Bicycle Trailers vs Kiddie Seats.

Discussion in 'Australia and New Zealand' started by Jim Stevens, Jun 23, 2003.

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  1. Jim Stevens

    Jim Stevens Guest

    Folks,

    Looking to carry a bub around in the bike with us, just a hour or two on flat paths ( not always
    sealed ) and I am trying to decide the best way to carry her. Any recommendations / advice
    gratefully received.

    Jim
     
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  2. John Doe

    John Doe Guest

    "Jim Stevens" <[email protected]> wrote in message
    news:[email protected]...
    : Folks,
    :
    : Looking to carry a bub around in the bike with us, just a hour or two
    on
    : flat paths ( not always sealed ) and I am trying to decide the best way to carry her. Any
    : recommendations / advice gratefully received.
    :
    : Jim
    :
    :

    My opinion... The trailers look cool but are expensive... (like the cool stop range) which have an
    optional extra to turn it into a running pram. I ended up buying a seat that attaches to the bike
    but is suspended which means bubs doesn't take all the shock you do. It was a lot cheaper figuring
    that I will only get a few years out of it. Occasionally you will get someone selling the trailers
    second hand and you can be lucky and get one of these.

    Peter
     
  3. Kingsley

    Kingsley Guest

    On Mon, 23 Jun 2003 22:50:57 +1000, Jim Stevens wrote:

    > Looking to carry a bub around in the bike with us, just a hour or two on flat paths ( not always
    > sealed ) and I am trying to decide the best way to carry her. Any recommendations / advice
    > gratefully received.

    When I do an aus.bicycle FAQ, this question is gonna be in it :)

    Both:
    - Child needs decent head control, approx 1 year old although I read about someone who strapped
    their car capsule into a trailer.

    Seats:
    - cheap (around $100(?))
    - back & front (Bobike mini) available
    - child is exposed to the elements
    - child goes over with the bike in a crash (seen this happen twice)
    - you can talk quite easily with your child
    - must be cautious that legs are properly strapped in (and not near spokes / wheels)
    - weight?

    Trailer:
    - expensive ($500-$1000)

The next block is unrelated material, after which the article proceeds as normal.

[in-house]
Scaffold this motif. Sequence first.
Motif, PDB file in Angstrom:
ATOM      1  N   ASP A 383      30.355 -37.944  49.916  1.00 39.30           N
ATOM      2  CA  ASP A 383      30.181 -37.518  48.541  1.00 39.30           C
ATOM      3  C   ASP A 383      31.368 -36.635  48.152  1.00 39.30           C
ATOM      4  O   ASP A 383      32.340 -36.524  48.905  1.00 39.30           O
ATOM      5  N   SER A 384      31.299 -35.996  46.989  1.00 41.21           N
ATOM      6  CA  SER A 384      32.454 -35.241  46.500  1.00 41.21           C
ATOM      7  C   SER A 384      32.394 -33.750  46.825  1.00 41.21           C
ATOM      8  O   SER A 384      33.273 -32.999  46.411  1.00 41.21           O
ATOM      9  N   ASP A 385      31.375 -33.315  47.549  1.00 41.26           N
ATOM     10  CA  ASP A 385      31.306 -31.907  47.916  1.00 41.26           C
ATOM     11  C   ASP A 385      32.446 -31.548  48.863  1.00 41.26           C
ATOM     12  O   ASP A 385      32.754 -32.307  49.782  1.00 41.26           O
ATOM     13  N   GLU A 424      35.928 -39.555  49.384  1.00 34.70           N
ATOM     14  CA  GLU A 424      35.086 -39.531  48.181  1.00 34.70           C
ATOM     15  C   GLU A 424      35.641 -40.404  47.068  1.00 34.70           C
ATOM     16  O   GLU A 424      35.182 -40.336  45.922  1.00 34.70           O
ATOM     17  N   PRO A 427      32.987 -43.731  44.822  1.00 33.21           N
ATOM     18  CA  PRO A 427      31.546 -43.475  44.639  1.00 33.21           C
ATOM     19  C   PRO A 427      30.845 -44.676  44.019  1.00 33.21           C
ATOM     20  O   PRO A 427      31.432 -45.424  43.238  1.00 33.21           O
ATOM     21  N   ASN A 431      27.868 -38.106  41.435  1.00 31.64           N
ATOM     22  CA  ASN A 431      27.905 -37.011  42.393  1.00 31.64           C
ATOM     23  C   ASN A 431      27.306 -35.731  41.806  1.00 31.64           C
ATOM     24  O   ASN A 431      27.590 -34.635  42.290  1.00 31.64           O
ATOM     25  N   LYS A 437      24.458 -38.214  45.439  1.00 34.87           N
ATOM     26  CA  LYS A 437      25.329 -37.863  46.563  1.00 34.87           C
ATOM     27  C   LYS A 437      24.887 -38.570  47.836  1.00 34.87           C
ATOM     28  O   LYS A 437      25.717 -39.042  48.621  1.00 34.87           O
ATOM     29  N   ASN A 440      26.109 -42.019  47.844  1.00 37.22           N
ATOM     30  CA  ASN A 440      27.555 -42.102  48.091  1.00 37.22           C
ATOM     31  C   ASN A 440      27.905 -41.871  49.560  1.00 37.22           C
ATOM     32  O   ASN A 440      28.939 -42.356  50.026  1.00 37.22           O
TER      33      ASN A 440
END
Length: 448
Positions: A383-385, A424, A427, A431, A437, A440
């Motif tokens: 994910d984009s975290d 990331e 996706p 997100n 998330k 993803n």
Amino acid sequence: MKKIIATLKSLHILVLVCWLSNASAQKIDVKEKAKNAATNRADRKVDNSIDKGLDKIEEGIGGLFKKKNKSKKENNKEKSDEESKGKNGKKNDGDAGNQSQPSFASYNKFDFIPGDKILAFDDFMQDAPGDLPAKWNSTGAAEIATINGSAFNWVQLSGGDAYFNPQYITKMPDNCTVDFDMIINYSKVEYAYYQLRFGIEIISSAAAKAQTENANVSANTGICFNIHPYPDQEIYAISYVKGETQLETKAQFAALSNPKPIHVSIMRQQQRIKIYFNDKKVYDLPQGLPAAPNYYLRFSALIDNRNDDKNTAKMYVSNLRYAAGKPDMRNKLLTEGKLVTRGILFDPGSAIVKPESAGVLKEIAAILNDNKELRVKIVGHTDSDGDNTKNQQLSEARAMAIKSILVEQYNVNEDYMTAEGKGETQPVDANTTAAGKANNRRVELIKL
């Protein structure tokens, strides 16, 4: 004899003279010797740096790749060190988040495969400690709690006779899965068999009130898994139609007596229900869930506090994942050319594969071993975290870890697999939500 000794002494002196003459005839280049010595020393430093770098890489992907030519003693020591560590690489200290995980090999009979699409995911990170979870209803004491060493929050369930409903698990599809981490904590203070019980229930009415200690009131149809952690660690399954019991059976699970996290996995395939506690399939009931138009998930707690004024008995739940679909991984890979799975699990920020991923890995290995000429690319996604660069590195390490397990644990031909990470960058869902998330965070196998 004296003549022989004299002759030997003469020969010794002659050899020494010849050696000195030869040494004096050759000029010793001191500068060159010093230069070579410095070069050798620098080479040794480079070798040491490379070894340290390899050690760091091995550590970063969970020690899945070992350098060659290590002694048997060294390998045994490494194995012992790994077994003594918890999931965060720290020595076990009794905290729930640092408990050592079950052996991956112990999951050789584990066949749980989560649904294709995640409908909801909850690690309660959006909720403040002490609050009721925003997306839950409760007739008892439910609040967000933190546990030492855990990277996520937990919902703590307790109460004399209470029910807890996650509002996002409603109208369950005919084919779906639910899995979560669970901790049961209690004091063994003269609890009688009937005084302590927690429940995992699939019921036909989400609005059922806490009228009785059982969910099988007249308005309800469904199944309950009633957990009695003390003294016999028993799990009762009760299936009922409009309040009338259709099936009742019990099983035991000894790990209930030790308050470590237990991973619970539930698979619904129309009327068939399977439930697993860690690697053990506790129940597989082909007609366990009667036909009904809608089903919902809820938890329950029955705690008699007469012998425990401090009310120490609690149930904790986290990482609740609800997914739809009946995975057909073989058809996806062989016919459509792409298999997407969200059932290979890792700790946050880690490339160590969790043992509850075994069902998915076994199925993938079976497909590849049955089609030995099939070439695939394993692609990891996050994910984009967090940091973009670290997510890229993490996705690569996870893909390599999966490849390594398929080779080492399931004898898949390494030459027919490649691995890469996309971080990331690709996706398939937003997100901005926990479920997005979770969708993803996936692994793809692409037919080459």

- can hold 2 kids (Trek models up to 45kg)
    - bike can stack, but trailer stays put
    - slim chance of rolling it if you clip a gutter in exactly the wrong way at speed
    - difficult to talk to your kids, near impossible with the plastic weather-shield down
    - Child is not exposed to the weather (dont forget hot sunny days too) and is toasty warm in
    winter/rain.
    - weighs about 10-12kg depending on the model
    - has plenty of 'boot' space for nappy bags, drinks, food, spare change of clothes, big doll, and
    the other doll.
    - Food & drink tends to get trampled into the floor (but you can just about hose it out)
    - high wind-resistance
    - makes your bike into a wide load
    - weight of children is not directly on the bike
    - can convert trailer into a stroller (very important for touring)

    As you can probably guess most of my experience is with trailer. We towed both the brats 1200km
    touring last year (and many km since) When they weren't being towed, they were being parambulated
    with the stroller conversion kit engaged.

    For quick trips, the seat is probably better/quicker but for longer ones the trailer is great.

    If you wanna come have a test-run or something, feel free to come try ours (Lake Macquarie, NSW)
    It's the low-end trek 'transit'. You can see them at Clarence St Cyclery in Sydney (Trek models), or
    Rod Martin Cycles on the Central Coast (The pacific and Kool-stop).

    I hope this helps, and feel free to email me specific questions. If you search
    groups.google.com you'll probably find my other posts on this topic which are perhaps a bit
    more verbose than this one.

    cheersbigears, -kt
     
  4. "Jim Stevens" <[email protected]> wrote in message
    news:[email protected]...
    > Folks,
    >
    > Looking to carry a bub around in the bike with us, just a hour or two
    on
    > flat paths ( not always sealed ) and I am trying to decide the best way to carry her. Any
    > recommendations / advice gratefully received.

    You only need to see a kid in a kiddie seat go down when a bike gets dropped (wearing a helmet) ONCE
    to be convinced of the value of a trailer. We ahd l;ots of adventures with our two in the trailer,
    but they both came out of it happy and well. Otherwise I can recommend Kingsley's advice tips.

    Cheers Peter
     
  5. John Doe

    John Doe Guest

    "Jim Stevens" <[email protected]> wrote in message
    news:[email protected]...
    : Folks,
    :
    : Looking to carry a bub around in the bike with us, just a hour or two
    on
    : flat paths ( not always sealed ) and I am trying to decide the best way to carry her. Any
    : recommendations / advice gratefully received.
    :
    : Jim
    :
    :

    Obviously Kinglsey has it down. Way to go with the FAQ. You should copy and paste that in.

    I think he hit the nail on the head when he said how you use it. I mean if you are going to tour
    then the trailer is the go due to its comfort for the child and also the storage space. If you are
    talking about riding around on a flat bike path round your local lake (Like Kingsley's Warners Bay
    run) at low speeds and are a confident rider then the seat is ample. I am not sure that the
    pedestrians on shared paths would be too happy with the trailer option as they are wide.

    I dont know about the 12 months limitation. I think that depends on the baby. The thing is they have
    to support their head well. My son was walking at 10months and I was able to take him out on the
    bike from about 6 months.

    My decision was based purely on the fact that I would only be going on slow flat rides on bikepaths
    or on our local streets which are very quite. I am a bit paranoid taking my child out on to the open